"I've suffered a lot at Furst's hand; it's like being blacklisted," said Dr. Fikes, who won a limited victory this year when the New Mexico Court of Appeals reversed a previous decision to dismiss the case. "In the meantime, the Castaneda legacy is still working its magic."

Indeed, Mr. Castaneda's influence may have waned over the years but it never disappeared. By the time of Mr. Castaneda's death from liver cancer five years ago, believers in his writings had even begun to practice Tensegrity, a series of meditation movements that Mr. Castaneda described as helpful in attaining higher consciousness. Still, many things about him are in question, including the year and place of his birth, his marital status and the authenticity of his work.

Depending on when he was talking and to whom, Mr. Castaneda sometimes said he was born in Sao Paulo, Brazil, in 1935, although immigration records indicated he was born in Cajamarca, Peru, in 1923. Unsuccessful efforts to find Don Juan Matus in the Sonoran Desert covering parts of northern Mexico and Arizona led some experts to question whether he ever existed, or whether Mr. Castaneda based him on a composite of different individuals.

Into these allegations of fantasy and deceit came the quarrel between Dr. Furst and Dr. Fikes, which has been in New Mexico's legal system since Dr. Fikes sued Dr. Furst in 1996 for defamation, arguing that his rival had embarked on a quest to discredit him to publishing houses and universities.

These efforts by Dr. Furst are not disputed. Reacting to advance galleys of Dr. Fikes's book on Mr. Castaneda in 1992, Dr. Furst warned the editor of Madison Books of Lanham, Md., against publishing the book, calling into question Dr. Fikes's qualifications as an anthropologist and threatening to sue for defamation of character and slander.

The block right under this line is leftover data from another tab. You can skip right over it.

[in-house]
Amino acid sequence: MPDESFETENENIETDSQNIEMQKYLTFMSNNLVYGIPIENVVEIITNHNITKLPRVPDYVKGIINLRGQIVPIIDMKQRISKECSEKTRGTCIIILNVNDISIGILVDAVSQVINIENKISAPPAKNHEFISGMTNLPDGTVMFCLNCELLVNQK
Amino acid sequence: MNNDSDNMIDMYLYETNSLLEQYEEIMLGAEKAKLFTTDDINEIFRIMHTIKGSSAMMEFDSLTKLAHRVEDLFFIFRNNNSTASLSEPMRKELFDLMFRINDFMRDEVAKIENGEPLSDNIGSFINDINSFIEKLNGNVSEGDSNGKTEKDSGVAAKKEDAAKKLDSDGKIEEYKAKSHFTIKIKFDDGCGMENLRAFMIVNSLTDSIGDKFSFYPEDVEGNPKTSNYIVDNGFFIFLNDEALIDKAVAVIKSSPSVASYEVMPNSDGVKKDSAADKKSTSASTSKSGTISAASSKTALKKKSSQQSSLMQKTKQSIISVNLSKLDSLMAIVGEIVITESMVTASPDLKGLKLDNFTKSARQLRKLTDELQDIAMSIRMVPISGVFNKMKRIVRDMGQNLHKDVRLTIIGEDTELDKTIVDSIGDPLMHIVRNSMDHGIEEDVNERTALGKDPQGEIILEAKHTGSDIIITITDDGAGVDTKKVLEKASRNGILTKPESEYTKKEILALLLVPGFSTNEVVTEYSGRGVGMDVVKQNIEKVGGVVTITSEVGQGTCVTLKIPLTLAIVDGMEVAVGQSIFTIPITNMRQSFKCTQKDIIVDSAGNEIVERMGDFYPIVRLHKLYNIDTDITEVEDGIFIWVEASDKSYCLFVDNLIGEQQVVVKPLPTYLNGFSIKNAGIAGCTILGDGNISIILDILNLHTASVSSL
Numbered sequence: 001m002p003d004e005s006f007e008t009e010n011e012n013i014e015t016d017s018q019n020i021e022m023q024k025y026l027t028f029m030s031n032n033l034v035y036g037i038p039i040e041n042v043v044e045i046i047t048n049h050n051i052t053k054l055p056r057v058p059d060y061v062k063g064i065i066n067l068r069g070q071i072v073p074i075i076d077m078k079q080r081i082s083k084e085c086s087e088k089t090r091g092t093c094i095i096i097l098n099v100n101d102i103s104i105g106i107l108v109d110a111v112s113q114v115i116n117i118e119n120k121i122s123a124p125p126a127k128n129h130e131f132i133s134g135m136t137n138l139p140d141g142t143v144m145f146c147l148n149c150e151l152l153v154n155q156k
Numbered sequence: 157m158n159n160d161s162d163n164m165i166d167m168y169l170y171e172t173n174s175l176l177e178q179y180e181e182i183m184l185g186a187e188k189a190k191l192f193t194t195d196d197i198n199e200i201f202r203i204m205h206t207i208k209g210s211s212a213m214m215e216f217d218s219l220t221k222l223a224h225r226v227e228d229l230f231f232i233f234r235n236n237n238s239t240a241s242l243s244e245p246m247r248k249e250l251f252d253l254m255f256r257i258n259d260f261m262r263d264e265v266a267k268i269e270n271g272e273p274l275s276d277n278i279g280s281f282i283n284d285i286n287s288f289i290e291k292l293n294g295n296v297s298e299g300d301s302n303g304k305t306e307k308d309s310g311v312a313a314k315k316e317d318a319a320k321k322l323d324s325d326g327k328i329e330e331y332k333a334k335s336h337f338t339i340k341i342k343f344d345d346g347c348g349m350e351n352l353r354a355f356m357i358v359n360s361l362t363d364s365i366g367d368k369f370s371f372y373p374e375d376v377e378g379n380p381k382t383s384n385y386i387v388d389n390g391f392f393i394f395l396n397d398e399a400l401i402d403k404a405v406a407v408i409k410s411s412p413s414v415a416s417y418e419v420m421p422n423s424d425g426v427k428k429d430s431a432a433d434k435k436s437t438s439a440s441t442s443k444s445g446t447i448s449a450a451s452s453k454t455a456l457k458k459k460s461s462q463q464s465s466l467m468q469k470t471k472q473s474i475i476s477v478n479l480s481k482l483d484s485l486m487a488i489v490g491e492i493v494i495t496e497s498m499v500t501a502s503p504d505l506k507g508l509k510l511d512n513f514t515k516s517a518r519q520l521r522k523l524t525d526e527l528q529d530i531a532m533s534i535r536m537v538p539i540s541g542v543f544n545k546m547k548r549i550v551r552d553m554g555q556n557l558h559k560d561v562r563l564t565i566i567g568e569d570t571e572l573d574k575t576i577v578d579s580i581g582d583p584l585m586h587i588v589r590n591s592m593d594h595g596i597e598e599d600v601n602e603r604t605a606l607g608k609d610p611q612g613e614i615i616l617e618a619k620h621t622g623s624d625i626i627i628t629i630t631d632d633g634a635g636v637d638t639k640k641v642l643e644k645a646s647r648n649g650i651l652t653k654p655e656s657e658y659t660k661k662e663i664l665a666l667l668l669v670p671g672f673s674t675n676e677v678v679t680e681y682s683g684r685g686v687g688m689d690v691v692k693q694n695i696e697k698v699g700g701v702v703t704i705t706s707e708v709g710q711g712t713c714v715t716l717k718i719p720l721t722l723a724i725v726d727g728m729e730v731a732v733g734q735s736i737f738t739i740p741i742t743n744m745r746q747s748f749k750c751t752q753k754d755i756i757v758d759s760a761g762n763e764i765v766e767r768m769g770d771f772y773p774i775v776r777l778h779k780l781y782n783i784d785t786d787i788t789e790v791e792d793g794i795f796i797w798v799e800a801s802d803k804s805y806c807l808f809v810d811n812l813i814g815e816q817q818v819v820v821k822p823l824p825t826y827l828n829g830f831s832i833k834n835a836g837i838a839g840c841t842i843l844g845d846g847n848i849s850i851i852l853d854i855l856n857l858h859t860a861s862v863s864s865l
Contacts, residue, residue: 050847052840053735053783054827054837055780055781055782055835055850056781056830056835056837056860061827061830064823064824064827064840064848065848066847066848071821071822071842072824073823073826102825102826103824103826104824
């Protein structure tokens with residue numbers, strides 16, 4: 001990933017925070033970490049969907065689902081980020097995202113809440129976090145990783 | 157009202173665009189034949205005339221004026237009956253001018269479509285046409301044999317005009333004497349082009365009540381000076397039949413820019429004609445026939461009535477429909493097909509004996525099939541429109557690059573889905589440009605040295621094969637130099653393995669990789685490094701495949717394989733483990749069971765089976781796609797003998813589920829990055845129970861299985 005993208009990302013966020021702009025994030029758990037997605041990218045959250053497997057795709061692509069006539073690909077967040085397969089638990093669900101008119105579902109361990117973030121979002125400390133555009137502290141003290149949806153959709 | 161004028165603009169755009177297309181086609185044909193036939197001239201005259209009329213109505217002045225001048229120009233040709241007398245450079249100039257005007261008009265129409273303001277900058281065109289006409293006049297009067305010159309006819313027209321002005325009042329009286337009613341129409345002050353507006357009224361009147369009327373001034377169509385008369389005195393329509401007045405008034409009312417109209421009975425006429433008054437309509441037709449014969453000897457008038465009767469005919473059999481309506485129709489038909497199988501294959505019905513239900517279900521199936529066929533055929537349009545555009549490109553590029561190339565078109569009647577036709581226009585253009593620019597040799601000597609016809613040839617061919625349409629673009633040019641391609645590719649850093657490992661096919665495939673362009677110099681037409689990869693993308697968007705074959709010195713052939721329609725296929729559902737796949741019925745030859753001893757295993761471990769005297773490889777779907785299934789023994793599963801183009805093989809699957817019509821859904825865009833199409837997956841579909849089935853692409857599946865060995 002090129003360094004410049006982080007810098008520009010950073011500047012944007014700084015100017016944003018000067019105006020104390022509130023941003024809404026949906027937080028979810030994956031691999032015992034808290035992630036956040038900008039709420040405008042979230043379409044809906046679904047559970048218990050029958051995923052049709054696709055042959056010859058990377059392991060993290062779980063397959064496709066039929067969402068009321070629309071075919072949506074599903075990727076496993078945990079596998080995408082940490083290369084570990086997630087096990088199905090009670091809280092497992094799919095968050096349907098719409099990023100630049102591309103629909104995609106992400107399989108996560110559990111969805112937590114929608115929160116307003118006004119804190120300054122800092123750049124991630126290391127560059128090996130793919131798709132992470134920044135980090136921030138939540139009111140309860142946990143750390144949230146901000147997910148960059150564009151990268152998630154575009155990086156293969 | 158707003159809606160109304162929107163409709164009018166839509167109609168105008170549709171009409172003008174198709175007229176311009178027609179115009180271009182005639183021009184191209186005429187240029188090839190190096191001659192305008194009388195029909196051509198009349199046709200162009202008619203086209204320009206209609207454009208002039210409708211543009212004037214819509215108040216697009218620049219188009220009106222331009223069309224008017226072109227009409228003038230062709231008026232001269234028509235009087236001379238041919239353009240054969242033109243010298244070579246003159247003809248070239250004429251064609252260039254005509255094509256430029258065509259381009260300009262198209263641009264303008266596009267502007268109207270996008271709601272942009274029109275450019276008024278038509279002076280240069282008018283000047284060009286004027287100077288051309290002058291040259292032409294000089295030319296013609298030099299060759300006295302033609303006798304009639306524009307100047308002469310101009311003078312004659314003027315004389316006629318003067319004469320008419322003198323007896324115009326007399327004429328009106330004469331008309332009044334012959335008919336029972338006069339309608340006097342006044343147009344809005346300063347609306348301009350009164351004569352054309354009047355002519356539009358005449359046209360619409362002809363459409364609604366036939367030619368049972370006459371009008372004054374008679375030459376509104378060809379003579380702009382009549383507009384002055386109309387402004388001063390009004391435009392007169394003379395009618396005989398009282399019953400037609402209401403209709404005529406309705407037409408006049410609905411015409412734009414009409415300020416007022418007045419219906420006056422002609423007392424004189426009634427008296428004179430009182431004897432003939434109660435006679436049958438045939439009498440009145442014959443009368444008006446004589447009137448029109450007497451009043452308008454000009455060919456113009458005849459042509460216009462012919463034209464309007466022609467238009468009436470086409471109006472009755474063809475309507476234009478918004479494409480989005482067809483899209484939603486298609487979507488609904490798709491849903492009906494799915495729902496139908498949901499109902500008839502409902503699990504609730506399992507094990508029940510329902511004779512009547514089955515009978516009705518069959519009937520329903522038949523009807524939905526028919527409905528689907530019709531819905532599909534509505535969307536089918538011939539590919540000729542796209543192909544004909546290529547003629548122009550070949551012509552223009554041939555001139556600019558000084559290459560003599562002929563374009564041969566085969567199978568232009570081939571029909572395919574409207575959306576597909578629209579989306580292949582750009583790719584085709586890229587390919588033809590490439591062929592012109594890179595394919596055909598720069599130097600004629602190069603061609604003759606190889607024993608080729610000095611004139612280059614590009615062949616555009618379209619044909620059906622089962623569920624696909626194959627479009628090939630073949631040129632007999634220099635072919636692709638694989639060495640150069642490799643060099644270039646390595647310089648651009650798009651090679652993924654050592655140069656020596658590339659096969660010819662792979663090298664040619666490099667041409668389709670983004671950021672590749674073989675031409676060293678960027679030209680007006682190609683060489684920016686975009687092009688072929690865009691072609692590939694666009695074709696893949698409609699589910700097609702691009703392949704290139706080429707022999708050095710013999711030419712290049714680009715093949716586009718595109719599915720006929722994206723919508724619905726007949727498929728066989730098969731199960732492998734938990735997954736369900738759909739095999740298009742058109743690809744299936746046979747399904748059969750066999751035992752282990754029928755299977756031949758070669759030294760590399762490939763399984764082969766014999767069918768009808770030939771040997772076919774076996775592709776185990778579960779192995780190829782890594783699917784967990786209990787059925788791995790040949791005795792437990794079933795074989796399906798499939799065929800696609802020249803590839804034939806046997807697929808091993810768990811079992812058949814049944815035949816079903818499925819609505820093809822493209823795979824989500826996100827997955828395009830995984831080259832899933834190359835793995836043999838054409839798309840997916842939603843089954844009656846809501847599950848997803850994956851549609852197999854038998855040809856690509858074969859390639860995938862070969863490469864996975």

"It is about what I expected - a tissue of undocumented suspicions, allegations, ludicrous 'hypotheses,' half-truths and misrepresentations of the facts, events and relationships, all in line with his consuming obsession with some deep, dark conspiracy centered on Carlos Castaneda and U.C.L.A.," Dr. Furst wrote.

Madison Books subsequently declined to publish the book, which Dr. Fikes eventually published in Canada in 1993. In another letter written in 1995, Dr. Furst sought to convince the director of a proposed Huichol assistance program at the University of New Mexico that Dr. Fikes was an unworthy choice as cultural anthropologist for the project, calling Dr. Fikes a "sloppy researcher" and a "lousy anthropologist."

"You are perfectly free to share this letter with Fikes," Dr. Furst said. "Having been at the receiving end of his unhealthy suspicions, his fanaticism, his disrespect, and his paranoid fantasies for so many years, I am fresh out of good will or charity."

The Huichol project never materialized, inciting Dr. Fikes to sue Dr. Furst for lost income of about $45,000 in addition to unspecified damages related to a loss of professional opportunities in the United States.

In an interview this weekend, Dr. Furst said he had had negligible, if any, influence on Mr. Castaneda and added that Dr. Fikes's attacks had "little grounding in reality."

"What's disgusting is that I've been a victim of Fikes all these years and my victimizer turns around and sues me," Dr. Furst said.

His lawyer, Michael Brennan of Albuquerque, said he hoped the State Supreme Court would soon put an end to the dispute.

"Fikes has set out on a quixotic approach," said Mr. Brennan, though he added that he had advised his client to stop writing letters about Dr. Fikes.

"That's not something I would have done," he said.